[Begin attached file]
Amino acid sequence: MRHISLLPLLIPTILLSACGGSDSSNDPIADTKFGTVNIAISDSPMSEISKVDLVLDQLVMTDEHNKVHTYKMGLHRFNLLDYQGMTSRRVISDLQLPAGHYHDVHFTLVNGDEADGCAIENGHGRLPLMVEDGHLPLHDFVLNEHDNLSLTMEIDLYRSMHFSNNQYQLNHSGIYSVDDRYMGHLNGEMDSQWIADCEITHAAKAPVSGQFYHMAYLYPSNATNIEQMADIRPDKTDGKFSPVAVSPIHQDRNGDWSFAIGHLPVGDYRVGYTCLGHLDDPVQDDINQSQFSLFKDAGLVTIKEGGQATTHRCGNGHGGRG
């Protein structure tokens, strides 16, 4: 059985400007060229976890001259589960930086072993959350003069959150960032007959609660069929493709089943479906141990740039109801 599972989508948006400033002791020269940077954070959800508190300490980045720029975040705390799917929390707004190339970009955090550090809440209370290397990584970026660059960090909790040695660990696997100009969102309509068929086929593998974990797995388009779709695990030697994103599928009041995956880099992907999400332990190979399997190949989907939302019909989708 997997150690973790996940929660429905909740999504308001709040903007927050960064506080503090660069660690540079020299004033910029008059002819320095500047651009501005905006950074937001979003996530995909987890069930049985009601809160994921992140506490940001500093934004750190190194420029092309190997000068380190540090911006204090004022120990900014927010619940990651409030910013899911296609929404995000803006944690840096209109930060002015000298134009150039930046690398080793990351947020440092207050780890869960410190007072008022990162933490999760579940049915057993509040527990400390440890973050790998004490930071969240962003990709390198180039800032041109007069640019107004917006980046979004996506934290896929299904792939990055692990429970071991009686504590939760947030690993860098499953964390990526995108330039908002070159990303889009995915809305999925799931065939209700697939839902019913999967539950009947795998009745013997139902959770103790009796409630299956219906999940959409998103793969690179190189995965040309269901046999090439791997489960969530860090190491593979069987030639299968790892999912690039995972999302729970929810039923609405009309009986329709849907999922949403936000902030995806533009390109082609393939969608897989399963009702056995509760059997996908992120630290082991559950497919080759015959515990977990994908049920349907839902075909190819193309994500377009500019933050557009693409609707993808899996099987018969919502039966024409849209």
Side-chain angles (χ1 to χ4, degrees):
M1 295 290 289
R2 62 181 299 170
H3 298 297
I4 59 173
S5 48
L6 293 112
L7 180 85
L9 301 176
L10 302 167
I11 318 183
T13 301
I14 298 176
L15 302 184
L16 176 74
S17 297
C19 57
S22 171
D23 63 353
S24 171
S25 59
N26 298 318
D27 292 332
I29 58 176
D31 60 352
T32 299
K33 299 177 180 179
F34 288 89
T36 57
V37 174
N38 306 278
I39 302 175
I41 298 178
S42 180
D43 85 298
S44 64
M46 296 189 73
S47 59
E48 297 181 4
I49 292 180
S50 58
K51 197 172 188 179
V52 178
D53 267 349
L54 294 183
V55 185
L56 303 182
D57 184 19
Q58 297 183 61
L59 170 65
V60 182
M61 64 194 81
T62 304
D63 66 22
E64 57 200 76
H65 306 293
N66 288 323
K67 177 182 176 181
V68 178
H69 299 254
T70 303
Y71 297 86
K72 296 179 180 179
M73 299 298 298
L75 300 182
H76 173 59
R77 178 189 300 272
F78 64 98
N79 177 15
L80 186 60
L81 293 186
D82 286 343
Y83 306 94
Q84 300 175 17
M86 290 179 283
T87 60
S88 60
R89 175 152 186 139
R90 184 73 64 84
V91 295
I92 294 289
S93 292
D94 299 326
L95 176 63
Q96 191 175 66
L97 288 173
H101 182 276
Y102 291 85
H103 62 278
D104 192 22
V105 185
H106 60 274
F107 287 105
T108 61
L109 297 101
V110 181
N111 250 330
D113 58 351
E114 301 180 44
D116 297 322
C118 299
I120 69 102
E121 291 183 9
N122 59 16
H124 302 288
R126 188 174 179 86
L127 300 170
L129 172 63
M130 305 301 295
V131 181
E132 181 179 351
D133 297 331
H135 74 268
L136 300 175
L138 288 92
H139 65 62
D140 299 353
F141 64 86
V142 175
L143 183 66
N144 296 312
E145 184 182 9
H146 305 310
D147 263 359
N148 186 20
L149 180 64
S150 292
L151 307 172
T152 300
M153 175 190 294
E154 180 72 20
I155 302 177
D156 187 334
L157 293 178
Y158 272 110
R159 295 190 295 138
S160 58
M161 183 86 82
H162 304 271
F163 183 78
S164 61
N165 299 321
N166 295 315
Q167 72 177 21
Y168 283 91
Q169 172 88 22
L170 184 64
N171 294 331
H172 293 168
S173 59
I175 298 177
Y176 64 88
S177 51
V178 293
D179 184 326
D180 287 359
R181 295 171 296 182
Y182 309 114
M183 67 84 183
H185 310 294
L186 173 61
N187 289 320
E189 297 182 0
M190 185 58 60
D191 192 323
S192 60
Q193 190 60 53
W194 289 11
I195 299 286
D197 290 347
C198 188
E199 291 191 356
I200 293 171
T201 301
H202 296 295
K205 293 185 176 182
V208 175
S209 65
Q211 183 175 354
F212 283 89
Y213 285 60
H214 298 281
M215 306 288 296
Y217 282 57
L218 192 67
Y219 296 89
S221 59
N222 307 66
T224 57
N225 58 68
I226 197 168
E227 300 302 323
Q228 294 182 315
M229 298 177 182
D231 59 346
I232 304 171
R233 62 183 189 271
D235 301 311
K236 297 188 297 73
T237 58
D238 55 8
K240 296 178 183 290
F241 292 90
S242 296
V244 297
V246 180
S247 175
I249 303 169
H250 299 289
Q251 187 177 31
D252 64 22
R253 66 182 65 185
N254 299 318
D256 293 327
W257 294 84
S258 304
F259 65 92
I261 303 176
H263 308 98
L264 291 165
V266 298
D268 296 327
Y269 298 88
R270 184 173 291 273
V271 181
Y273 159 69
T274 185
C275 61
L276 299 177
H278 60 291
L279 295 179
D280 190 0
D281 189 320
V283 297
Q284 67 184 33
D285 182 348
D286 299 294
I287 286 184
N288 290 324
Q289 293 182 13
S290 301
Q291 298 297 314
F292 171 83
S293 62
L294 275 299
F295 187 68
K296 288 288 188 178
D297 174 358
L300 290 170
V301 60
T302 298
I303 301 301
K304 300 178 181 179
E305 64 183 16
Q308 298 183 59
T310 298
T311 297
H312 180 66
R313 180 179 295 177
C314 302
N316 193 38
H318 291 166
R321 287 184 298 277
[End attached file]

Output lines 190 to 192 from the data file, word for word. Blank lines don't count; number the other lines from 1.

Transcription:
N222 307 66
T224 57
N225 58 68